Jury is out on fairness of Social Security
I can tell you that dealing with Social Security has made me mad as hell. I have written about it. If I complain directly to the agency, I fear retaliation by the unknown. There is a woman administrator whose name shows up almost once a week on letters telling me “the check is in the mail.” It is the same letter sent over and over again because they made a mistake in not sending the first check of my retirement on time. Because they did not act properly on my online registration and intervened with people doing things wrong, we have a problem of their owing me money for months on end.
As for my disability claim – I AM DEAF – they asked if I want my correspondence in brail? For crying out loud are they deaf and blind?
They told me “officially” that applying for disability is a long process—six months, and that I should expect a rejection to which I should appeal and if that doesn’t work, I should get a lawyer. If you look at the amount we’re talking about, getting a lawyer could consume the benefit. I am trapped.
So, if and when I come before a Social Security magistrate, the first thing I would like to do is ring his neck as he is a representative of a failed institution. I am not making a threat, mind you, I am telling you how I think most people feel by the time they GET TO THE END OF THEIR ROPE!
“Social Security judges facing more violent threats
By SAM HANANEL
The Associated Press
Monday, November 15, 2010; 2:39 AM
WASHINGTON -- Judges who hear Social Security disability cases are facing a growing number of violent threats from claimants angry over being denied benefits or frustrated at lengthy delays in processing claims.
There were at least 80 threats to kill or harm administrative law judges or staff over the past year - an 18 percent increase over the previous reporting period, according to data collected by the Social Security Administration.
The data was released to the Association of Administrative Law Judges and made available to The Associated Press.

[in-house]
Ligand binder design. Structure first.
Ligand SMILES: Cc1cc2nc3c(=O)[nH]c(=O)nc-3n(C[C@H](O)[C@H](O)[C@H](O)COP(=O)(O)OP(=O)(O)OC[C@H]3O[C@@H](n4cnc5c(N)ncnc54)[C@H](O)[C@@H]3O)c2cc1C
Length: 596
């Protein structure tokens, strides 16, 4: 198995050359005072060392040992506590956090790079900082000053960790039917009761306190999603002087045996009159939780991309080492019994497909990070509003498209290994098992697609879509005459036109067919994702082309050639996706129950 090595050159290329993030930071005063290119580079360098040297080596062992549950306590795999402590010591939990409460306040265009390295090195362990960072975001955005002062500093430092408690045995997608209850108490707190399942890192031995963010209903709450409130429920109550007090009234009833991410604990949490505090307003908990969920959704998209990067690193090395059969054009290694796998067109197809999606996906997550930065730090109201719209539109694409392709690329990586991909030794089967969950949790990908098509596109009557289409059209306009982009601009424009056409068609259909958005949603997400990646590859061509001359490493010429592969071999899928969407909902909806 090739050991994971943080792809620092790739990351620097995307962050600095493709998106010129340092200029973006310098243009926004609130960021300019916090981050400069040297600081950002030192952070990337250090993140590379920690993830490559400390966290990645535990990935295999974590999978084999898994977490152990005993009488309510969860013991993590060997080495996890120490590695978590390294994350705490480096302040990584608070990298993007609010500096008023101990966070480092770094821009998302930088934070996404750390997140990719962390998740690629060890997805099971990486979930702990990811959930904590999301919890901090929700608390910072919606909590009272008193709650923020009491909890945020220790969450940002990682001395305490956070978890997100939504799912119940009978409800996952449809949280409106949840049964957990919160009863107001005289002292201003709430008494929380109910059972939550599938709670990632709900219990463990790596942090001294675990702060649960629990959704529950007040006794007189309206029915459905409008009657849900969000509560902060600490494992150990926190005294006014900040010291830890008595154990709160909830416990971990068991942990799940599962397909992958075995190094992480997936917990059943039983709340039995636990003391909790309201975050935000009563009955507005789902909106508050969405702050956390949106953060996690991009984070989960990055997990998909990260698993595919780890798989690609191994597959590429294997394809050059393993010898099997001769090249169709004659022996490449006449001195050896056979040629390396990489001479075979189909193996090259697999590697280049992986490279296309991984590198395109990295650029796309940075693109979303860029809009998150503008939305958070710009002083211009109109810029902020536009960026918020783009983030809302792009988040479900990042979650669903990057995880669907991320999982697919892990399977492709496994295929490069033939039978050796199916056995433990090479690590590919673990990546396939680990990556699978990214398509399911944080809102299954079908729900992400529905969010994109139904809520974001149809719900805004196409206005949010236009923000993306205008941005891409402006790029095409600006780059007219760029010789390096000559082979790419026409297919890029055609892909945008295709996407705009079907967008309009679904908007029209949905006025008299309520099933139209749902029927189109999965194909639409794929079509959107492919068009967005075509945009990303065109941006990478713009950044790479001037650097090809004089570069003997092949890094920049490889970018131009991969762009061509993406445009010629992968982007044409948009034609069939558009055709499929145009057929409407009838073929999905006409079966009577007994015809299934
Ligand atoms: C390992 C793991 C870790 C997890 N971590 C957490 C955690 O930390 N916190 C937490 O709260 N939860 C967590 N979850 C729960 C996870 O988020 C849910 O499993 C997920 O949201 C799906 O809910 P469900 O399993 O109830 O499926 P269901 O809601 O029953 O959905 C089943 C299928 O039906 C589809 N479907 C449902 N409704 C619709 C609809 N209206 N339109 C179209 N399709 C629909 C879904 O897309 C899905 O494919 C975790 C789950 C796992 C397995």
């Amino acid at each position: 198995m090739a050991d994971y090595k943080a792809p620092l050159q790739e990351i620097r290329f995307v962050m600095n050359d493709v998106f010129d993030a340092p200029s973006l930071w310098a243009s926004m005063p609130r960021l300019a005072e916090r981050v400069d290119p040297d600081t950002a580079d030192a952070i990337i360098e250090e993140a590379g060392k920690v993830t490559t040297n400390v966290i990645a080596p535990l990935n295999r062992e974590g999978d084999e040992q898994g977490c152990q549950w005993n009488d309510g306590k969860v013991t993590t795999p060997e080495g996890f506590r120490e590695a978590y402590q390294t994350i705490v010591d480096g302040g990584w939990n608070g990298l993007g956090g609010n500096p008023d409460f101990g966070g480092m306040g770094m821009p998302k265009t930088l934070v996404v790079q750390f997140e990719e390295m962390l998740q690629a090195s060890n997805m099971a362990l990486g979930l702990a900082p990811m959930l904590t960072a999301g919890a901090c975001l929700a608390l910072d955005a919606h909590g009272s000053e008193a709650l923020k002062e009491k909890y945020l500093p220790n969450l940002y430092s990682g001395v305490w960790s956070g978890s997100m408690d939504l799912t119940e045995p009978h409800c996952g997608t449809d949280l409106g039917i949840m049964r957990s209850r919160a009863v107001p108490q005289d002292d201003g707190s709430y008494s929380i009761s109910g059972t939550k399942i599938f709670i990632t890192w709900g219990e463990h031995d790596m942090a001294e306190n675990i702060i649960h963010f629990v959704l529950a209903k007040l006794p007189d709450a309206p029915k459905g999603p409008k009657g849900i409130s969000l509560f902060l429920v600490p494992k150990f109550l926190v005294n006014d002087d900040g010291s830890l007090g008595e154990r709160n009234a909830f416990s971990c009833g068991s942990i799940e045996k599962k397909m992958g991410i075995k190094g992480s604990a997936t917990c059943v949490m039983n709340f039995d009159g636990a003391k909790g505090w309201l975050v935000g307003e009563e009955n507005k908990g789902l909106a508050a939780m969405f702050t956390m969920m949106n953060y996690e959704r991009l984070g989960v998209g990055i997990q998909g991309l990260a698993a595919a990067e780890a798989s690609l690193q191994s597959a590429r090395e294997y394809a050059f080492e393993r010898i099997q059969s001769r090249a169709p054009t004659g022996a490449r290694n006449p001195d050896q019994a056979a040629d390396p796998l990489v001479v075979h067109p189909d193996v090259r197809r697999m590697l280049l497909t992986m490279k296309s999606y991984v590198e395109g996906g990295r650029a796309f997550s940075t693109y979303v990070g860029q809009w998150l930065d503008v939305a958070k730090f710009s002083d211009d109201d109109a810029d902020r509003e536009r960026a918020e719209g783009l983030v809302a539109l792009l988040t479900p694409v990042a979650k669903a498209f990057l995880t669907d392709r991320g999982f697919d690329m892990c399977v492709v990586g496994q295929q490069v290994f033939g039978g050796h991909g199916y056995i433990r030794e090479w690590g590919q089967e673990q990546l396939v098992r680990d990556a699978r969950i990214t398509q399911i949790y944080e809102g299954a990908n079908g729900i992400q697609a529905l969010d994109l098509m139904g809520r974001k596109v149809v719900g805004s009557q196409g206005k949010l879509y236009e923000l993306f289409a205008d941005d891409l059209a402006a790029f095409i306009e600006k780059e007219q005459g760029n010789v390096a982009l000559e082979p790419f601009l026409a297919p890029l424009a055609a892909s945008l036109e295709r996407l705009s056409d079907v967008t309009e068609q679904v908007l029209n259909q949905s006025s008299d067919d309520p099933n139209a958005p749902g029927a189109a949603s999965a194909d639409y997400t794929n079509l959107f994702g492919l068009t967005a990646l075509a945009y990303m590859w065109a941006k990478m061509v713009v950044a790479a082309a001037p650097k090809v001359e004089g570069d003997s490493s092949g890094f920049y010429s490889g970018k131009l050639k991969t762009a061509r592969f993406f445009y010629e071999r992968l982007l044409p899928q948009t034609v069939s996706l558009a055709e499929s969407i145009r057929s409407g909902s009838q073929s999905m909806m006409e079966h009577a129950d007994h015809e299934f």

One claimant in Albuquerque, N.M., called his congressman's office to say he was going to "take his guns and shoot employees" in the Social Security hearing office. In Eugene, Ore., a man who was denied benefits said he is "ready to join the Taliban and hurt some people." Another claimant denied benefits told a judge in Greenville, S.C., that he was a sniper in the military and "would go take care of the problem."
"I'm not sure the number is as significant as the kind of threats being made," said Randall Frye, a judge based in Charlotte, N.C., and the president of the judges' union. "There seem to be more threats of serious bodily harm, not only to the judge but to the judge's family."
Fifty of the incidents came between March and August, including that of a Pittsburgh claimant who threatened to kill herself outside the hearing office or fly a plane into the building like a disgruntled tax protester did earlier this year at the Internal Revenue Service building in Austin, Texas.
A Senate subcommittee is expected to hear testimony on Monday at a field hearing in Akron, Ohio, about the rising number of threats, as well as the status of the massive backlog in applications for disability benefits, which are available to people who can't work because of medical problems.
Nearly 2 million people are waiting to find out if they qualify for benefits, with many having to wait more than two years to see their first payment.”